VALPARAISO | Standing up for the ideals espoused by Martin Luther King Jr. will continue to require sacrifice and suffering, a Valparaiso University professor said Monday.
“If you stand up for something, know you will suffer. Only through sacrifice will justice be achieved,” said the Rev. John Nunes, who holds the Jochum Chair at VU.
A former president and CEO of Lutheran World Relief, Nunes was keynote speaker at the university's 25th annual celebration of the life of the civil rights leader, which drew hundreds to the Chapel of the Resurrection.
The event also featured the reading of King's “I Have a Dream” speech and the presentation of the Martin Luther King Jr. award to Stacy Hoult-Saros, associate professor of foreign languages and literature at VU, for her work furthering King's vision of multiculturalism.
This year's theme, “The Beloved Community,” refers to King's idea of a place where peace, reconciliation and redemption prevail. The aftermath of nonviolence is the creation of a beloved community, King believed.
Nunes said while much progress has been made in the way of civil rights, the country still struggles with issues of diversity, and “life in America in the 21st century is quite a mixed bag.”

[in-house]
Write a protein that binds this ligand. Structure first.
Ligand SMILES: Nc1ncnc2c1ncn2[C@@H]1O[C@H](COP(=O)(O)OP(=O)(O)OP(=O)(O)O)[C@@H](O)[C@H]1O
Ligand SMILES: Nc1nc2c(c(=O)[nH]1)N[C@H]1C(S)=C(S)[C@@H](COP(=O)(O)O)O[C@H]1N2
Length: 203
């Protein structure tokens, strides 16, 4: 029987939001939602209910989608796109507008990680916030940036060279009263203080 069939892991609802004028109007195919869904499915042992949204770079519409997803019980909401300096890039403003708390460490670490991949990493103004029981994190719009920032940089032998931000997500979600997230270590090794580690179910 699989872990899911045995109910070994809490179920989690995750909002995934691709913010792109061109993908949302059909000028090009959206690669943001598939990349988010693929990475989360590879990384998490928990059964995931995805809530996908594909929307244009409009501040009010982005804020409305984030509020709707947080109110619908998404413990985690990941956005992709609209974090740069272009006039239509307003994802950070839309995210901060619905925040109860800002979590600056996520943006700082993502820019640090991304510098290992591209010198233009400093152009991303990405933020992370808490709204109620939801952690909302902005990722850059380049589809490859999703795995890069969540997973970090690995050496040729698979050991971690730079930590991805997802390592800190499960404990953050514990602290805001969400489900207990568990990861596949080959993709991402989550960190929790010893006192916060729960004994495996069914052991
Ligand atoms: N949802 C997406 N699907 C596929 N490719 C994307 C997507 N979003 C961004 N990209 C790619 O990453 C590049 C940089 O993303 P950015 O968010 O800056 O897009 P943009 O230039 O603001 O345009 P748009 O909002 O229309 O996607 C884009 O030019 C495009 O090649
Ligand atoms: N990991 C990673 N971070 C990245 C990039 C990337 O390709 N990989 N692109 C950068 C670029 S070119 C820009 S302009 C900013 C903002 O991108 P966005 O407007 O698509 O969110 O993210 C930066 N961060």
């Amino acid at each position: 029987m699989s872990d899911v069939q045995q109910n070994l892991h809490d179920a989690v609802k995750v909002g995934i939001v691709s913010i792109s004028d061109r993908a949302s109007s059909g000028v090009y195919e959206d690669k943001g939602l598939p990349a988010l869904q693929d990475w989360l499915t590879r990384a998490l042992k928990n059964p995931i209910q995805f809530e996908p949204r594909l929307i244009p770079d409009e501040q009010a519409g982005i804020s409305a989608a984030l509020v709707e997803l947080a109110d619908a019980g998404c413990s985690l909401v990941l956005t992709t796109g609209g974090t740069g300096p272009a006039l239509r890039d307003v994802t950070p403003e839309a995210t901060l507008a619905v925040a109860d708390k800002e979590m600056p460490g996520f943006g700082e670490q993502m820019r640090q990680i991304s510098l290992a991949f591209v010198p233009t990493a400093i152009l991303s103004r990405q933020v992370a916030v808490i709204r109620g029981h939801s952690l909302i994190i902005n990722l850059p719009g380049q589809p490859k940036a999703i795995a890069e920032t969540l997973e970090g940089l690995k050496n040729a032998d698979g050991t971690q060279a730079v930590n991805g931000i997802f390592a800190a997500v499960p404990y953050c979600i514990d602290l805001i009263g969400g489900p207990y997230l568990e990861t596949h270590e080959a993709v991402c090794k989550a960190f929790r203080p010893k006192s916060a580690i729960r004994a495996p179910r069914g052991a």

Many Americans have an abundance of material possessions, but they suffer from a deep spiritual poverty. They are “rich in things, but poor in soul,” Nunes said.
On the VU campus, there have been incidents of ethnic and racial bullying, both overt and subtle, he said. The university's leadership has zero tolerance for this "lingering home-grown terrorism called racism,” Nunes said.
Nunes himself was the victim of racism when he moved from Baltimore to Valparaiso.
He said he received a letter from a credit card company that was addressed with a racial epithet. He thanked the VU police department and community for supporting him through the incident.
“We are not a perfect community, but we are a community committed to becoming a beloved community,” he said.
Nunes urged people to speak up if they see an injustice, and to believe in their capacity to bring about change.
“The surest cure for dissatisfaction with injustice is peaceful, prophetic and patriotic action,” he said.